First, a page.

There’s someone out there for the hopelessly romantic Dori (Katia Winter), and for right now, she’s convinced it’s fellow serial dater Norman (Matthew Settle). Problem is, Norman is a perennial dater for different reasons, and finding love is expressly not among them. When that realization comes to a head one evening, Dori, to put it one way, just kind of goes crazy. So, too, does “Love Sick Love,” which springs a trap slightly out of nowhere that ensnares Norman in a fantasy scenario with Dori, her two children (where’d they come from? Who knows), her parents (same), and a year’s worth of family holidays crammed into a weekend that would make “Misery’s” Annie Wilkes extremely proud and perhaps a little jealous. Fittingly, like a lunatic who catches her prey and has no concept of what to do with him once caught, “Love” spends the next two acts flailing its arms and debating whether to be an extremely dark comedy or something genuinely creepy while Norman himself shuffles between being flummoxed, enraged and resigned (sometimes to funny or dark effect within the span of the same mood). In another genre, all the flailing would be violent enough to send the story completely off course and toward irreparable harm. But when the entire crux of a movie hinges on complete insanity, the line between disrepair and genius is so thin that only individual perception can decide which side ultimately wins out. That, fortunately, is part of the fun. For all its inconsistencies, “Love” at least is too consistently bizarre to be dull.
Extras: No extras.
Side Effects (R, 2013, Universal)
Following a stint for insider trading, Emily’s husband (Channing Tatum) is out of prison, and Emily (Rooney Mara) is so happy to have him back that she literally drives her car into a concrete wall shortly after his release. That’s all we get at the beginning of “Side Effects,” so that’s all it looks like. But there’s more to the story, and that comes closer to light once Emily gets her hands on an experimental antidepressant called Ablixa, which her doctor (Jude Law) prescribes following a series of unsuccessful prescriptions and a conference with her former doctor (Catherine Zeta-Jones). The Ablixa works, but there are — wait for it — side effects, and mercy, is that title ever an understatement. Without spoiling the primary side effect that sends “Side Effects” into another gear, what happens next is, in addition to pretty clever with how it parlays prescription drugs into psychological thrills, altogether remarkable in its ability to balance intrigue and restraint. Or rather, it’s all those things until it slightly, then completely, then crazily isn’t quite any of those things. Turns out, the source of some of that intrigue is just a red herring, and the only thing more disappointing than how fiercely “Effects” drives into its own wall is how stock it feels in spite of going so completely crazy in its second half. You’ve seen these psychological thriller bits and pieces before, and that’s more disappointing than it should be given how promisingly original “Effects” initially seemed poised to be.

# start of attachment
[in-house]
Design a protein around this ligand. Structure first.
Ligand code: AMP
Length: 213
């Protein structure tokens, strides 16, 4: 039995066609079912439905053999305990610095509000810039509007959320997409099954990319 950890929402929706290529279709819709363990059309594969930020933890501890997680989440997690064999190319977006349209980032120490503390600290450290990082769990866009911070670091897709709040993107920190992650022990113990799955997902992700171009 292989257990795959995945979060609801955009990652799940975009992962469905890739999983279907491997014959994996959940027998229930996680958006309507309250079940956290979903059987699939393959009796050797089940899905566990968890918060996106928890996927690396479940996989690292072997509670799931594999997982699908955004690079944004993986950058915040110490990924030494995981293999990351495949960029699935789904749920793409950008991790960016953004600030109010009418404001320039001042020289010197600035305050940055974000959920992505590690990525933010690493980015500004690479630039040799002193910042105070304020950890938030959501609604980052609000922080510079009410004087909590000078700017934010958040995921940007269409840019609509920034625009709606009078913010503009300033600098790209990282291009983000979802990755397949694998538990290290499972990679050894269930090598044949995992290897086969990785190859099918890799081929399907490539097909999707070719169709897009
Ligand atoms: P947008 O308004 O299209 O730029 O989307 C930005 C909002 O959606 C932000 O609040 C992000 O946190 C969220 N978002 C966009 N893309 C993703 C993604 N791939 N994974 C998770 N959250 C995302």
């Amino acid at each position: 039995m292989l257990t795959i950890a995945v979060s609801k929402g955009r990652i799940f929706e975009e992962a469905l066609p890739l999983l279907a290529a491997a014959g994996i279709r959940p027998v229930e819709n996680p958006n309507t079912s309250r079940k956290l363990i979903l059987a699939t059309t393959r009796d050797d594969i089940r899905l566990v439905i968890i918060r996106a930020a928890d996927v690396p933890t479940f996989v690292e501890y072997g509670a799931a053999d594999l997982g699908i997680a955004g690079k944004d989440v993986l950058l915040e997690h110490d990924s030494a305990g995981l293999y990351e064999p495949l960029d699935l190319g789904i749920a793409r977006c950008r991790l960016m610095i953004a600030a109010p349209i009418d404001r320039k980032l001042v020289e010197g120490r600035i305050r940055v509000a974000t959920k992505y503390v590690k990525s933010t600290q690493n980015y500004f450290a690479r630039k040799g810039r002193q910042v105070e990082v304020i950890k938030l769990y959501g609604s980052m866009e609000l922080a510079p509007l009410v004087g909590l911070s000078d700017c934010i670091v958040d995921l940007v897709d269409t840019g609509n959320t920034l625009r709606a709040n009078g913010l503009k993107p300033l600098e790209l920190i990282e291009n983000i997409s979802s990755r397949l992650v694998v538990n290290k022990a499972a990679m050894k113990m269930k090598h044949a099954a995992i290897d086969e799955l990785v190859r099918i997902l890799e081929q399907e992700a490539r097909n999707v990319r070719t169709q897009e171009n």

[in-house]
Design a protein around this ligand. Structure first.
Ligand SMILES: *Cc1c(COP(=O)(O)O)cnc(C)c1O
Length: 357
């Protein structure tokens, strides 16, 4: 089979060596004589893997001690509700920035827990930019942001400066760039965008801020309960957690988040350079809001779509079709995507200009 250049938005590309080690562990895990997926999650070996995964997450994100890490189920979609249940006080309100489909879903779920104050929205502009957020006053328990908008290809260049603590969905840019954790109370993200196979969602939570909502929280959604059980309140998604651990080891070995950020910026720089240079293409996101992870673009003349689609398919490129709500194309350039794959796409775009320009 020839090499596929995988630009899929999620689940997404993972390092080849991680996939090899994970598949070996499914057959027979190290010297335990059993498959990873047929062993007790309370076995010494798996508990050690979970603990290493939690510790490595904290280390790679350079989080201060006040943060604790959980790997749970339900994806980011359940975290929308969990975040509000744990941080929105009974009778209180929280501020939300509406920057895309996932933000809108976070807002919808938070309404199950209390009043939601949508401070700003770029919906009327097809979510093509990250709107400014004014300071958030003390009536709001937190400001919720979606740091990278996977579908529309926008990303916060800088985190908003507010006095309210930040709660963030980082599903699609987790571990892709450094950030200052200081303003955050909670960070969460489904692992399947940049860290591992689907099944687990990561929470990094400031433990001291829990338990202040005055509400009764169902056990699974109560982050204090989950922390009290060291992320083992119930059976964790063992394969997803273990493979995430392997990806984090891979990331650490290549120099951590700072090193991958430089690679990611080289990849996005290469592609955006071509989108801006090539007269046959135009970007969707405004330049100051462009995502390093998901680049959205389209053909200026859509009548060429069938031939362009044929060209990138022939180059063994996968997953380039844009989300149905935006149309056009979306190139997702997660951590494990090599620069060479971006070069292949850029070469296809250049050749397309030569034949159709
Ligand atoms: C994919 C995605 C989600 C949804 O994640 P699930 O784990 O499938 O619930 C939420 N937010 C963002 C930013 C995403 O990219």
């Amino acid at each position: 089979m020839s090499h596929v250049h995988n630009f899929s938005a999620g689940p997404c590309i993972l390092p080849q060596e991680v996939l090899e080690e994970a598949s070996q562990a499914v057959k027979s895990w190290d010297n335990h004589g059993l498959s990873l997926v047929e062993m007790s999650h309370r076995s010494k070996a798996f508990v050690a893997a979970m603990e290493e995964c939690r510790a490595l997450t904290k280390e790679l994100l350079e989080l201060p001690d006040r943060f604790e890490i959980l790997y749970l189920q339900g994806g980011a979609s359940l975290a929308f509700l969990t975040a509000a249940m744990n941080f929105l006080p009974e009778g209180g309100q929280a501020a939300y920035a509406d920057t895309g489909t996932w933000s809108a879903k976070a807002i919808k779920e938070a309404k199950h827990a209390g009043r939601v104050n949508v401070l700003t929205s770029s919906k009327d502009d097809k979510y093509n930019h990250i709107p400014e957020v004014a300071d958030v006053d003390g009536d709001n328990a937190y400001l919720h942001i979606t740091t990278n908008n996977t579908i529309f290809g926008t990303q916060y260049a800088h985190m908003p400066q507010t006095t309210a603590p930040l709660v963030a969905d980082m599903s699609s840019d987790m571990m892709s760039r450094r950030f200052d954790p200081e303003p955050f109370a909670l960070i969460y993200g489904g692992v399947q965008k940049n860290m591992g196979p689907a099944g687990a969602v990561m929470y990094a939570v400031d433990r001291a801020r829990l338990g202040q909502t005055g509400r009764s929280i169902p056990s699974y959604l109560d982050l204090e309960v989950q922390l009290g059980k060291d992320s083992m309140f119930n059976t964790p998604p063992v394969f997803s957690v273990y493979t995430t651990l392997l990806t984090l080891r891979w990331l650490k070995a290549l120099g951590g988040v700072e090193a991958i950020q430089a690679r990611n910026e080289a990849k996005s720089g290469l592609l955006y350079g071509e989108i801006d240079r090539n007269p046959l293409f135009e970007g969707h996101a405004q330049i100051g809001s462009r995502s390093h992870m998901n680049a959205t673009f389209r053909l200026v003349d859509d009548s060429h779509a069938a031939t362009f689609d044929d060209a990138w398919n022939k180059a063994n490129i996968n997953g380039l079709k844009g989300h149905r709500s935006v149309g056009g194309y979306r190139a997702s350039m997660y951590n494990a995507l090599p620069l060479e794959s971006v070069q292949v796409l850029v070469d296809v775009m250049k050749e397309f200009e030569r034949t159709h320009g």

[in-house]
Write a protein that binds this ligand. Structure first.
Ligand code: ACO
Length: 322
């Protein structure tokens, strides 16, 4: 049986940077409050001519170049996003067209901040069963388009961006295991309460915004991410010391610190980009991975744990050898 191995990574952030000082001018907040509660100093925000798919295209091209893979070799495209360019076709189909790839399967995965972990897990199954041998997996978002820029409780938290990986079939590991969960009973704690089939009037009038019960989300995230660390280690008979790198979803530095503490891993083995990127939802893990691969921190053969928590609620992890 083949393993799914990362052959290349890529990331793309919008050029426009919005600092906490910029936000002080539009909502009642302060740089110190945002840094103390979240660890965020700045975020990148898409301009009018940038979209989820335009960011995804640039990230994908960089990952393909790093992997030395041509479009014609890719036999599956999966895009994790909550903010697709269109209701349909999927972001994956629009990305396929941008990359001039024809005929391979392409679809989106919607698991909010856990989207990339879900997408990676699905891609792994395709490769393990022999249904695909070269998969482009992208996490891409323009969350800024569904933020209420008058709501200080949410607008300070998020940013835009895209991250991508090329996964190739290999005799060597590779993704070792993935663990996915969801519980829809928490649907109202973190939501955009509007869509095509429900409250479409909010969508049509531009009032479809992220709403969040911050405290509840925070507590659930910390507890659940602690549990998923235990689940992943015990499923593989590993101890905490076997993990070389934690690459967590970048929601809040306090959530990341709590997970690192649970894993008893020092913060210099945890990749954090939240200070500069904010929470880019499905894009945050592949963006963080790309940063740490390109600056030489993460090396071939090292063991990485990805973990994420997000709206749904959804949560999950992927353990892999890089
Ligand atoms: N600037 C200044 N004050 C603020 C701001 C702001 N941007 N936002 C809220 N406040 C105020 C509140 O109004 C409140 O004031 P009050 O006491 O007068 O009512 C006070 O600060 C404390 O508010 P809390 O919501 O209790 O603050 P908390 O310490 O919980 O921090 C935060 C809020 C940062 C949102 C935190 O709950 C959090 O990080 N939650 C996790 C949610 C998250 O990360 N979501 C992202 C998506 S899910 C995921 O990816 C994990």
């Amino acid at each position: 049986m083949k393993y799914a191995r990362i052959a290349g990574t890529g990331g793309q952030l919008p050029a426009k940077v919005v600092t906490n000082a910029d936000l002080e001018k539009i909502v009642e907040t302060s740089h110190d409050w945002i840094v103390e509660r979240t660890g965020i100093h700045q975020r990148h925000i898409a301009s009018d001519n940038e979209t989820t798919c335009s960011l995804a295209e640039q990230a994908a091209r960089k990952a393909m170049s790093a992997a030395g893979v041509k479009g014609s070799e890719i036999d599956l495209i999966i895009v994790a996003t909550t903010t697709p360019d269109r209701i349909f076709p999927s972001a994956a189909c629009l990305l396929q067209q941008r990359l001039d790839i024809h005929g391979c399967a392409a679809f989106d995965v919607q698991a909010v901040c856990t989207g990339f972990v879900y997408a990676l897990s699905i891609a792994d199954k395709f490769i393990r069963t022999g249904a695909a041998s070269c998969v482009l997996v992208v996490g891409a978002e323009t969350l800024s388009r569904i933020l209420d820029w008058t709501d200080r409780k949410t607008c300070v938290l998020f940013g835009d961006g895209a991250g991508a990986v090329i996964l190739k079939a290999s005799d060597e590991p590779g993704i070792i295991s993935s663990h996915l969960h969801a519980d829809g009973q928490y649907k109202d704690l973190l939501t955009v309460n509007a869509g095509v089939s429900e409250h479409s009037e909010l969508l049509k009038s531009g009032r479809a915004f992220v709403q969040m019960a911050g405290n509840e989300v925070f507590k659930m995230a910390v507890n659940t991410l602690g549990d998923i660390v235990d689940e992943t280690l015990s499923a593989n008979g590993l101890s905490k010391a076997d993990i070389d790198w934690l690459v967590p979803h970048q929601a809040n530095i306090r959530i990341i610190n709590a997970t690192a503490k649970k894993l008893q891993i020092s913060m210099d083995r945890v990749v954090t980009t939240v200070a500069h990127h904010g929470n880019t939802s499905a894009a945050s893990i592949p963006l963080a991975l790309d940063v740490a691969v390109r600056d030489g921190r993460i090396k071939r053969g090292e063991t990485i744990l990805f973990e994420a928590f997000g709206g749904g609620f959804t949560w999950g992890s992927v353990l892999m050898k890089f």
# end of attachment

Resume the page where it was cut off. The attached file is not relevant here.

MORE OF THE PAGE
Extras: Behind-the-scenes feature, mock Ablixa marketing materials.
A Common Man (PG-13, 2013, Anchor Bay)
You have to hand it to “A Common Man,” which found an absolute dead ringer for Ben Kingsley to play a disgruntled citizen who has planted C-4 explosives all over a Sri Lankan city and will detonate them if the government doesn’t set some dangerous prisoners free. Wait, never mind — that is Ben Kingsley, and if he looks strained, it’s probably the fault of all the dead weight he has to pile on his back in order to haul this story anywhere. The unnamed man’s endeavor, though hardly novel, is morbidly intriguing enough to carry a movie that’s serviceable enough to coast on suspense, character development or an appetite for surprise. “Man,” to its credit, has that appetite, and perhaps that’s enough. But those surprises are forced to wage one hellacious battle with a torrent of dreadful dialogue and a supporting cast incapable of making it sound better than it reads. Occasionally, “Man’s” delivery — be it through bad line readings or a suffocatingly overwrought soundtrack — just piles on the harm, and the net result feels like an amateur imitation product that spent all its positive energy snagging a first-class actor to give it some hope. Kingsley does what he can, which is enough to nudge “Man” toward a conclusion that’s entertaining in spite of the arduous mountain of problems it climbs to get there, but the view from the summit still isn’t pretty enough to make that climb worthwhile. No extras.